|Poems by Mollie Caird (1922-2000)
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|And Hazael said, 'But what, is thy servant a dog, that he should do this great thing?' |
My name is Hazael, and it means ‘God sees’.
They used to call me Son of Nobody.
The dynasty I broke were sons of God,
Benhadad, Benhadad, Benhadad, sons of God,
And so shall my son be.
Does God then see? What is it Hadad sees?
He sees my fertile gardens richly starred
With scarlet cyclamens, anemones,
And terebinths alive with bulbuls singing;
The glinting goldfish in the great bronze bowl,
Figures of alabaster, jasmine vines,
My milk-white horses shaking silver bridles
Among the apricot and walnut trees,
The very rivers, Pharpar and Abana,
Watering this green place at my desire.
He sees my royal saluki hound, proud, swift,
Bounding after the hyrax and the hare,
The golden tassls of his silky ears
Soft as the fringes of that quiet pillow
That pressed the dead king’s face.
What of Elisha’s God? What does he see?
What can he see but stones and stunted thorns,
The rasping raven and the sharp-winged kite,
Eager for carrion. Those who live in deserts
Know only barren gods.
Does not a sunflower turn its great bold face
To mirror the sun, its image and begetter?
So can a prosperous king reflect his God.
Have not my deeds been godlike? I have made
A shining city where a thousand gravers
Damascene with gold a thousand swords.
Hark where the shuttles rattle through the looms,
Look where the glowing silks festoon the alleys
Between the dye-vats and the weavers’ shops;
Smell the sweet cedar-wood fresh from the adze,
And count the myriad snowflakes sifting down
From ivory-carvers’ knives. Triumphant ring
The busy hammers patterning bright brass.
And all among this thriving, thronging place
The stately caravans move slowly on ―
Strange-tongued, turbaned men urging tall camels
From distant provinces with precious loads,
With pearls and tincts and spices, through the hills
To Middle Sea. For I have captured Gath,
Sent Shalmaneser crawling home again,
Trampled Philistia, had the king of Judah
Come whining with his ransom in his hand,
Buying his peace with his ancestral treasures,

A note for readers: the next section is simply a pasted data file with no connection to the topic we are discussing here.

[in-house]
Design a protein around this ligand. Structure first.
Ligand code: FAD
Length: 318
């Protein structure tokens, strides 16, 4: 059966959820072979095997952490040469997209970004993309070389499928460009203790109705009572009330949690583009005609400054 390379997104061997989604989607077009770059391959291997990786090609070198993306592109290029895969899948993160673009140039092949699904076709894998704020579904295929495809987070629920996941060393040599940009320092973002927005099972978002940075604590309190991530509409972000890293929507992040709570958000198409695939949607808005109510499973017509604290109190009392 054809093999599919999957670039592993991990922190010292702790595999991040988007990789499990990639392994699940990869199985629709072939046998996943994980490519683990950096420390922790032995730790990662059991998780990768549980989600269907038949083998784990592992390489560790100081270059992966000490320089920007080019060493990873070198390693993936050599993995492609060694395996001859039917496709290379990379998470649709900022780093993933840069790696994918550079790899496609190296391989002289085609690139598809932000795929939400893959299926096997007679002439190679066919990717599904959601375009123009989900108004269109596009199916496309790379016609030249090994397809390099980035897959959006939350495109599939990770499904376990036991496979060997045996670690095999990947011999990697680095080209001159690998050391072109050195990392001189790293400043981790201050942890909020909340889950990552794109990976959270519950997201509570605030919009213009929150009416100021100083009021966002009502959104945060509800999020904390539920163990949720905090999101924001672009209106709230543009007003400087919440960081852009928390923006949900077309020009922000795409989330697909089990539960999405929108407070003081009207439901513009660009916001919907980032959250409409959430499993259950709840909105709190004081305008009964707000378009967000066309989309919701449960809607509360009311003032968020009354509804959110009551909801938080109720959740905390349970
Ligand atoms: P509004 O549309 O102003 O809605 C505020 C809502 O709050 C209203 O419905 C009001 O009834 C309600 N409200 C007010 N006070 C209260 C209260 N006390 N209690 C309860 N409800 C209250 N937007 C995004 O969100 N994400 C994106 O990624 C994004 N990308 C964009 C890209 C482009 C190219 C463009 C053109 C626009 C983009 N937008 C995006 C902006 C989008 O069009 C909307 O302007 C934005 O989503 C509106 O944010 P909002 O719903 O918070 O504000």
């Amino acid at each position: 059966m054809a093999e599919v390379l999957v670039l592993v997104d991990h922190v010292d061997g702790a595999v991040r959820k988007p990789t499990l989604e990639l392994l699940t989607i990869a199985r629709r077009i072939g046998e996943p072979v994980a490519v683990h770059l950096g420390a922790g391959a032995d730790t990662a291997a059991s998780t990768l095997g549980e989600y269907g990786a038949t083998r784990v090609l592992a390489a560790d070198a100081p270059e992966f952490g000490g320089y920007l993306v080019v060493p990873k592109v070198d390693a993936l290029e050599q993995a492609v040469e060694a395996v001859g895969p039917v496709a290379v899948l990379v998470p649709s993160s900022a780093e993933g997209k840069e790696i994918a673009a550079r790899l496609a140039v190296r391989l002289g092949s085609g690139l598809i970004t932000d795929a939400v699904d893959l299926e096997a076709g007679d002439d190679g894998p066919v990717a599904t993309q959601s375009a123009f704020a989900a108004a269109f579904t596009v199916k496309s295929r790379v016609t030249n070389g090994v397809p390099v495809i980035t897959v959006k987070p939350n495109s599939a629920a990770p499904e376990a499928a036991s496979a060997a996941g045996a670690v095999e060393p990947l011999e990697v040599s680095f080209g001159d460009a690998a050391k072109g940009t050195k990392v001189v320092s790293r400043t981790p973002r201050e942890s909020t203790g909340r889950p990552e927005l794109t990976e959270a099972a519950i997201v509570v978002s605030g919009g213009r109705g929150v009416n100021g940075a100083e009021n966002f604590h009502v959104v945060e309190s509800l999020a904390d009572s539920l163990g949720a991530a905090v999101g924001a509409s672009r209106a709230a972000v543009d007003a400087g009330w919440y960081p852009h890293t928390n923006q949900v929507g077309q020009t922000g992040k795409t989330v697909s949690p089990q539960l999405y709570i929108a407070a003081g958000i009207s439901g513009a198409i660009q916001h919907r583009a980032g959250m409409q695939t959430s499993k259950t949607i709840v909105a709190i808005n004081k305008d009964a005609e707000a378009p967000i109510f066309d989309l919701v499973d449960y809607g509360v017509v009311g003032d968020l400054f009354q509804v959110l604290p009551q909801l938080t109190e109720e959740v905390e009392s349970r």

With sacred vessels of that temple where
They keep Jehovah in a little box.
Is not Damascus one great miracle?
What has Elisha done compared with this?
Sweetened the water in some brackish well,
Filled an old woman’s jar with rancid oil,
Conjured a dozen or so of barley loaves,
Made an axe swim, and jostled back to life
A little boy with sunstroke.
Is such a one to frighten me with God?
Stick to your cobbler’s last, Elisha, frighten
The peasant children with a brace of bears;
Let kings be kings and rule their own affairs.
Sometimes at dawn I ride out to the marshes,
And my saluki runs along with me;
Those tasselled ears streaming behind remind me ―
Enough of that! I shut my eyes to blot
That image, but the early sun strikes through
Tight eyelids, and I see blood-red, blood-red.
This is a strange place in the misty morning,
The reed-beds and the limpid pools a-quiver
With crying birds. My hound put up the flocks,
A multitude of glossy ibises,
Millions of spoonbills drifting over the marsh
Like flakes of pink fire, wind-blown rose-petals
That flash and float and settle.
Innumerable lives. Who counts them? Are they numbered?
Slowly I turn my horse. Here in this waste
No human habitation, only one
Black bedouin tent, past which my dog, uneasy,
Slinks silent, tail down. There, beside it, sits
A shepherd shrouded in his burnous, hood
Pulled over shadowed face.
I do not know him, and I do not know
If he is watching me. Now safely past,
Up-tails my hound, I laugh, and fling a stone.
Where are you, old Elisha, do you pray?
Call to your desert God, Elisha, say
‘Thy servant was a dog, and had his day’.
The text forming the subtitle of this poem is from 2 Kings 8:13
The Dancing Dust and other poems, 1983